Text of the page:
To Kill A Mockingbird: A Classic Tale

When the classic and controversial film, To Kill A Mockingbird, was released in 1962, it created quite a stir both among moviegoers and moviemakers. Based on the best-selling, Pulitzer Prize winning novel by Harper Lee, it was directed by Robert Mulligan and produced by Alan J. Pakula. Gregory Peck stars as widowed attorney, Atticus Finch, a widower in the Depression-era South trying to raise two precocious children. Although no one knows much of the mother, one feels his intense love and concern for the children who must now face life without her love and support.
Brock Peters co-stars as god-fearing Tom Robinson, a good but poor black man falsely accused of raping a white woman (Collin Wilcox). Robert Duvall has a small but very effective role as Arthur “Boo” Radley, a mentally challenged young man who lives next door and whom the neighborhood children fear because they do not understand why he is different. Shades of prejudice bloom in all directions and inject their myriad of meanings in subtle but potent ways.
Other cast members include William Windom, Rosemary Murphy, Alice Ghostley, Paul Fix and Ruth White. I remember wondering about the meaning of the title until someone told me that the mockingbird was the state bird of Alabama.
The film is a masterpiece; it pierces the heart of racism in its ugliest and purest form. The crux of the movie is the trial of Tom Robinson, but the story also evolves as a father’s loving relationship with his two children (Phillip Alford and Mary Badham, whose excellent performance earned her an Oscar nomination. The film deftly depicts poverty’s tenacious grasp on the downtrodden and less fortunate. It is a powerful exposé of prejudice and ignorance.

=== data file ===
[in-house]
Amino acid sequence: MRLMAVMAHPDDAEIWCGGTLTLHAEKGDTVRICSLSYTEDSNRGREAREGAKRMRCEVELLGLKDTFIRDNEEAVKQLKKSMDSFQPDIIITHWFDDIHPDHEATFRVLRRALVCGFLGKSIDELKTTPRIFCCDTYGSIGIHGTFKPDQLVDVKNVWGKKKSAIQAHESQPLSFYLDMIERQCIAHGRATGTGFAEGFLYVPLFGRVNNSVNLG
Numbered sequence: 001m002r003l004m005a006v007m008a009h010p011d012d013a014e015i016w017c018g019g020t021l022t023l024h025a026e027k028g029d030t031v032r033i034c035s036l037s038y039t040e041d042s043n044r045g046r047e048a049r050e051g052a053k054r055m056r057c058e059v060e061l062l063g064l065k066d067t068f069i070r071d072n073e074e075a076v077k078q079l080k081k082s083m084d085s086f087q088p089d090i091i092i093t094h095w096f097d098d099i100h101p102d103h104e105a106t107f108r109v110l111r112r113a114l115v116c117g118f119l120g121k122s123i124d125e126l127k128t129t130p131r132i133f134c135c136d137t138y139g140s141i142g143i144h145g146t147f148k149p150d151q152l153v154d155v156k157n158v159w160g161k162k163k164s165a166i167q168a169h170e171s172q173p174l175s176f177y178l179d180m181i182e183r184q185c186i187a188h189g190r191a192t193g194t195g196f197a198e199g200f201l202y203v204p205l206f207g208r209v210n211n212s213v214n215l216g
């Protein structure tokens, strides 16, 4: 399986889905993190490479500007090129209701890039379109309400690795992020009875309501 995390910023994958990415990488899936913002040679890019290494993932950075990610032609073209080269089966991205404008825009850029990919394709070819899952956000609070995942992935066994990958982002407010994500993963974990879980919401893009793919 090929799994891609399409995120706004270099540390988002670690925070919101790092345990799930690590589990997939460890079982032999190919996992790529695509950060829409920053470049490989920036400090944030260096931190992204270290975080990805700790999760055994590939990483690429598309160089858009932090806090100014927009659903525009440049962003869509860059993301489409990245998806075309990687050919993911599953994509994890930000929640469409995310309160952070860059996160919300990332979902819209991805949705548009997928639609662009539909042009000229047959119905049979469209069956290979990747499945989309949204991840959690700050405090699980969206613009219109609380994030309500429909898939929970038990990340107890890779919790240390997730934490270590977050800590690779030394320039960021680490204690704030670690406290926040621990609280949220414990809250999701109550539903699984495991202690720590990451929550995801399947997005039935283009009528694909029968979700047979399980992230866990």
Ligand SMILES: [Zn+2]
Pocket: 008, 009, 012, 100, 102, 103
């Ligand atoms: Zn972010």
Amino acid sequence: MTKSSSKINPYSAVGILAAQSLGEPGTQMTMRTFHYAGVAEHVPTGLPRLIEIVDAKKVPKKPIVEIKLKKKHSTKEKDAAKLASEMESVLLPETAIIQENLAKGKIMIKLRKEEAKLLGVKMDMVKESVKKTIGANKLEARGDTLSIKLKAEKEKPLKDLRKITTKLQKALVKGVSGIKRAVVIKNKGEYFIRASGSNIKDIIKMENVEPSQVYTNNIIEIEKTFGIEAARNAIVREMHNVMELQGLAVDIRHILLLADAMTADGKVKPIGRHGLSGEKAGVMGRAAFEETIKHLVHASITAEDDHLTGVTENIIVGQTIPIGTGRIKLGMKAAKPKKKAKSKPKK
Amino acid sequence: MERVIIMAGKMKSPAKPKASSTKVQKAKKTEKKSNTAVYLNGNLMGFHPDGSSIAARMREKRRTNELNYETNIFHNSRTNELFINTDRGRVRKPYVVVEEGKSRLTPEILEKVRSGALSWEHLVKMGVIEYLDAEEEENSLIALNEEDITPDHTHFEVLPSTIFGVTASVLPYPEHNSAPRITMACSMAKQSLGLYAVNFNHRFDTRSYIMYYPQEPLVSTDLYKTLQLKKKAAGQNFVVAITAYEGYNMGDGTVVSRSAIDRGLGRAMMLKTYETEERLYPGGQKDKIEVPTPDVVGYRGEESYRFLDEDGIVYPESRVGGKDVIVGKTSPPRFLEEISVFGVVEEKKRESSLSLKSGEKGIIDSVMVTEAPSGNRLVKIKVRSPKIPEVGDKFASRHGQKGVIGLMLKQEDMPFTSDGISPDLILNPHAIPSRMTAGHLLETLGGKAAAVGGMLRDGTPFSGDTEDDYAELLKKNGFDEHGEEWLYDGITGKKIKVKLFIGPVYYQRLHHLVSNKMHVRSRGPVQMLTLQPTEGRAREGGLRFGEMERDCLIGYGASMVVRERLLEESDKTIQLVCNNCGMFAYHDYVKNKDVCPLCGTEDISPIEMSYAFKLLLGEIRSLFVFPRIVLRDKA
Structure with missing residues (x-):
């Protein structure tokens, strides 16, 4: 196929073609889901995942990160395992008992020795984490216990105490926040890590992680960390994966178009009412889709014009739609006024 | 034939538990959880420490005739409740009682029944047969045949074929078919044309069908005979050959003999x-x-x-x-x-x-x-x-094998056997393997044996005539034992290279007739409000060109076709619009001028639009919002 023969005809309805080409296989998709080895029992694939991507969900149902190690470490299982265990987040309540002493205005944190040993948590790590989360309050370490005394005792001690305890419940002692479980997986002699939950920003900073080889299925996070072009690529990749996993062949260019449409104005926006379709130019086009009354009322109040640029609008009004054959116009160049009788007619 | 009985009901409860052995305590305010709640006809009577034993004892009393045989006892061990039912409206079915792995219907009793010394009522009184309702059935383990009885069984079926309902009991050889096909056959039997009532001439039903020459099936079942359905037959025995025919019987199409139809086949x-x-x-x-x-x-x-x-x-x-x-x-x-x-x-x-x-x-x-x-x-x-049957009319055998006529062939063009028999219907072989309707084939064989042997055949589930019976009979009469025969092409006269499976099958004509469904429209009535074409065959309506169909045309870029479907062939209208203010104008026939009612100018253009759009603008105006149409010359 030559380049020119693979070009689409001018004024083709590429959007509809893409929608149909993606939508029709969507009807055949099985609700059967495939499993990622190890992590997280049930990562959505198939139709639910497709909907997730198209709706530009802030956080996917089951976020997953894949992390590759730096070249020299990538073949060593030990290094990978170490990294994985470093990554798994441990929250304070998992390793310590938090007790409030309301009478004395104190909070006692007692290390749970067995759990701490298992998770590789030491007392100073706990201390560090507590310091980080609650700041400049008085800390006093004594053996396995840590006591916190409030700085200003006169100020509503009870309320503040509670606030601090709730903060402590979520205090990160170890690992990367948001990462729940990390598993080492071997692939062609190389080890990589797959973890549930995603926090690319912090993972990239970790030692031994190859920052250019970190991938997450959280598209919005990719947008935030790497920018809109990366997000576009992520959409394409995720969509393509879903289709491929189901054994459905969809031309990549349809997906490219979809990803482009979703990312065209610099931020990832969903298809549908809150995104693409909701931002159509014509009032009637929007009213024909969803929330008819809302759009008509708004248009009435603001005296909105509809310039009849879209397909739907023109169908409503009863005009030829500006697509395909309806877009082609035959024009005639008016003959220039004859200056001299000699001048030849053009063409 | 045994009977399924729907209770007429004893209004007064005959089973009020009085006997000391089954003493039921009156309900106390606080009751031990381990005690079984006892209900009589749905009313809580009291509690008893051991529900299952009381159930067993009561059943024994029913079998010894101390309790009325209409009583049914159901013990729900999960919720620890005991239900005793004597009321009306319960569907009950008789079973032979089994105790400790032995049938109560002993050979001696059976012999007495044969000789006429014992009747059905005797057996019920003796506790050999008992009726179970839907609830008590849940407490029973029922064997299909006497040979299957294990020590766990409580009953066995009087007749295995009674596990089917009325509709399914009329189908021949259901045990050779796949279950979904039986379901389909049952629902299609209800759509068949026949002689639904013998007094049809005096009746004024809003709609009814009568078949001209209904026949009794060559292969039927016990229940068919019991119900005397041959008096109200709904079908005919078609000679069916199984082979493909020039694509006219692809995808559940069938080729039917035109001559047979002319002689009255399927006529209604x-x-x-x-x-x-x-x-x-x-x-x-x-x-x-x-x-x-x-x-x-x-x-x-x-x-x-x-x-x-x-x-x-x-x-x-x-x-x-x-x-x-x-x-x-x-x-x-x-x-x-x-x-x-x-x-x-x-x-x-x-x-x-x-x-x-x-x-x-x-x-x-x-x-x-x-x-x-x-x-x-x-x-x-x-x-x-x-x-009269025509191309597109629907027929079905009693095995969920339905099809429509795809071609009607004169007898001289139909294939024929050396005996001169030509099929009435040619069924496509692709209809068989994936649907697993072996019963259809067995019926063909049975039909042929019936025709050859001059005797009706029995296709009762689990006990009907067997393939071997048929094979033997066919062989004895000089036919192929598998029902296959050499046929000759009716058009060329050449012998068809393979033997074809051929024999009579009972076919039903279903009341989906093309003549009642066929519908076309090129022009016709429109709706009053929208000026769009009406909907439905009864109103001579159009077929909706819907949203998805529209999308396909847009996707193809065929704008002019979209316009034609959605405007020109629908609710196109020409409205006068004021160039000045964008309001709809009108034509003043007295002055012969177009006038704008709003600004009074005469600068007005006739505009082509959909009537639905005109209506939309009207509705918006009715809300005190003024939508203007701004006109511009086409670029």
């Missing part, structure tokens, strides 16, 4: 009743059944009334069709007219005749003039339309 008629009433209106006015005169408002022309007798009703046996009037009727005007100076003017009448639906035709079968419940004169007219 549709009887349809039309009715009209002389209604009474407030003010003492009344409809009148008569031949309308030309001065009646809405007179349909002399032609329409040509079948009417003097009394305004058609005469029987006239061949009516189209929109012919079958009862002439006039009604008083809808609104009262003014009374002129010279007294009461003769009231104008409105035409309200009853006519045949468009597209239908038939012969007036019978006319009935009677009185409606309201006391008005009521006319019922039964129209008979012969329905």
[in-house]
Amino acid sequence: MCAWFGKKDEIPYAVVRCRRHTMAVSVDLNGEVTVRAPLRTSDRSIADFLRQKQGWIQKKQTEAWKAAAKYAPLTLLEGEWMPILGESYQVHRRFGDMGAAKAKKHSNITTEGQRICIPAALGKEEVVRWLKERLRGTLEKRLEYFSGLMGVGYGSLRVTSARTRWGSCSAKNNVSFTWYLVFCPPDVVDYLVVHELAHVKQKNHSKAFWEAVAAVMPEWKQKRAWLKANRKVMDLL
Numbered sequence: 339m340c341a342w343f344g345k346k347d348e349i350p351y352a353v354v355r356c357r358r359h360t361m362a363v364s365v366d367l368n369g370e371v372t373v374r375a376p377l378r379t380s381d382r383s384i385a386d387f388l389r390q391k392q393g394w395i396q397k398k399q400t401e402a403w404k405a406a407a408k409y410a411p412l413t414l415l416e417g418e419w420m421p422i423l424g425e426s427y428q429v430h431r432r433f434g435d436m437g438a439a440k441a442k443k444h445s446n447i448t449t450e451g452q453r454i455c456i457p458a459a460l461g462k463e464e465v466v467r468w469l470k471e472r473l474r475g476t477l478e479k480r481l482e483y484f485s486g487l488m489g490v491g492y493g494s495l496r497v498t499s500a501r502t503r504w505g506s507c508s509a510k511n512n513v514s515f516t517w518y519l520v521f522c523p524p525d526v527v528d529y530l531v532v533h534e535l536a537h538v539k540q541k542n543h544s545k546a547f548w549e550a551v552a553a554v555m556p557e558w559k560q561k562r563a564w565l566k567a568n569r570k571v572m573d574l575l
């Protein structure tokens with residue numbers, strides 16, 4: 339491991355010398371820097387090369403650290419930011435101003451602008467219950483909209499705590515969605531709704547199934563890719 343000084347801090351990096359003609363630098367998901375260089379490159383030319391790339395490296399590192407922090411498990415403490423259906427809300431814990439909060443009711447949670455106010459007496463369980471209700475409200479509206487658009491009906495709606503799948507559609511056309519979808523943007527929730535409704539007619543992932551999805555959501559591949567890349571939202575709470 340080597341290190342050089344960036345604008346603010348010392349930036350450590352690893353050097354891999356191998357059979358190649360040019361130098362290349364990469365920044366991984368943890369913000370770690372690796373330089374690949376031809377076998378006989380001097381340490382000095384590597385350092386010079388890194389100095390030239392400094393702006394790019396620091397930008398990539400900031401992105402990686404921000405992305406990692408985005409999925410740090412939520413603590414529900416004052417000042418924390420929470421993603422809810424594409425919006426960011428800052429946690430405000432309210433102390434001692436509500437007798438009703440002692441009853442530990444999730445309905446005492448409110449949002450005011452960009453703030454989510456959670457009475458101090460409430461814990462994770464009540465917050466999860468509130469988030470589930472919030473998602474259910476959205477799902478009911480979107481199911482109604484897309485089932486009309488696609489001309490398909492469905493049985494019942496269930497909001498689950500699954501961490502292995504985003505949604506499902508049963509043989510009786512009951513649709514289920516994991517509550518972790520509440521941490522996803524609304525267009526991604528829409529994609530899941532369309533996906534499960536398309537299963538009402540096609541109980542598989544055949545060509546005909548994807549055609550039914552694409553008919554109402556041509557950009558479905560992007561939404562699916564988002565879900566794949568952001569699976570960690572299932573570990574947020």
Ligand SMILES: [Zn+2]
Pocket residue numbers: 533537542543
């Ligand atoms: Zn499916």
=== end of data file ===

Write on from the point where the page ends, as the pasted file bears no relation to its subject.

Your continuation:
There are many poignant moments, and they keep the viewer positively riveted to the unfolding actions of the characters. The superb acting and important story line stab deeply into the human psyche and emotions, offering a highly rewarding film experience. One is never quite the same after viewing To Kill A Mockingbird.

What are some of YOUR favorite moments in the film?

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About Marjorie Dorfman

Marjorie Dorfman is a freelance writer and former teacher originally from Brooklyn, New York. A graduate of New York University School of Education, she now lives in Doylestown, PA, with quite a few cats that keep her on her toes at all times. Originally a writer of ghostly and horror fiction, she has branched out into the world of humorous non-fiction writing in the last decade. Many of her stories have been published in various small presses throughout the country during the last twenty years. Her book of stories, "Tales For A Dark And Rainy Night", reflects her love and respect for the horror and ghost genre.